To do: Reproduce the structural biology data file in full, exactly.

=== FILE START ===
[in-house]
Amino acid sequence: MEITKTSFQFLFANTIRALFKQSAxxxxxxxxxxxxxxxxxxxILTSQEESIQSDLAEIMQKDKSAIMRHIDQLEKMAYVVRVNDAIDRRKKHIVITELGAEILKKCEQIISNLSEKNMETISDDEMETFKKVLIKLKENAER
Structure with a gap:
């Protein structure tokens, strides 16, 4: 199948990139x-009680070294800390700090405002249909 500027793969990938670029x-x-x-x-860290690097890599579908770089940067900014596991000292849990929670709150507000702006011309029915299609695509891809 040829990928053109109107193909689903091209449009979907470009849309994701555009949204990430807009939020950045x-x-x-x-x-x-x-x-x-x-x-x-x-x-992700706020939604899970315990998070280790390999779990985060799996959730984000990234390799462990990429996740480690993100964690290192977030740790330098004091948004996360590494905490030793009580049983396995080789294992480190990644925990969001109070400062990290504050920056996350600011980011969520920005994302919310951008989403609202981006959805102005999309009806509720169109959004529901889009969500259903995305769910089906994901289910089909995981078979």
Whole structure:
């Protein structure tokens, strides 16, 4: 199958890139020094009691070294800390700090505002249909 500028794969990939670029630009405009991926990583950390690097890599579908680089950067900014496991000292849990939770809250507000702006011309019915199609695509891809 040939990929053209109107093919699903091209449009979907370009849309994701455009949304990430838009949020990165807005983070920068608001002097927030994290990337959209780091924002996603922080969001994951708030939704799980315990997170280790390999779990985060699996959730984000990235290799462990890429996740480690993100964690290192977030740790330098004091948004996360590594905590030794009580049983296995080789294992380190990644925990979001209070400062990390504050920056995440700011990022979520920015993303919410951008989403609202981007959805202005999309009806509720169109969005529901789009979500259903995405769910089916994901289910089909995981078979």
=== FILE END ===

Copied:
[in-house]
Amino acid sequence: MEITKTSFQFLFANTIRALFKQSAxxxxxxxxxxxxxxxxxxxILTSQEESIQSDLAEIMQKDKSAIMRHIDQLEKMAYVVRVNDAIDRRKKHIVITELGAEILKKCEQIISNLSEKNMETISDDEMETFKKVLIKLKENAER
Structure with a gap:
């Protein structure tokens, strides 16, 4: 199948990139x-009680070294800390700090405002249909 500027793969990938670029x-x-x-x-860290690097890599579908770089940067900014596991000292849990929670709150507000702006011309029915299609695509891809 040829990928053109109107193909689903091209449009979907470009849309994701555009949204990430807009939020950045x-x-x-x-x-x-x-x-x-x-x-x-x-x-992700706020939604899970315990998070280790390999779990985060799996959730984000990234390799462990990429996740480690993100964690290192977030740790330098004091948004996360590494905490030793009580049983396995080789294992480190990644925990969001109070400062990290504050920056996350600011980011969520920005994302919310951008989403609202981006959805102005999309009806509720169109959004529901889009969500259903995305769910089906994901289910089909995981078979």
Whole structure:
């Protein structure tokens, strides 16, 4: 199958890139020094009691070294800390700090505002249909 500028794969990939670029630009405009991926990583950390690097890599579908680089950067900014496991000292849990939770809250507000702006011309019915199609695509891809 040939990929053209109107093919699903091209449009979907370009849309994701455009949304990430838009949020990165807005983070920068608001002097927030994290990337959209780091924002996603922080969001994951708030939704799980315990997170280790390999779990985060699996959730984000990235290799462990890429996740480690993100964690290192977030740790330098004091948004996360590594905590030794009580049983296995080789294992380190990644925990979001209070400062990390504050920056995440700011990022979520920015993303919410951008989403609202981007959805202005999309009806509720169109969005529901789009979500259903995405769910089916994901289910089909995981078979």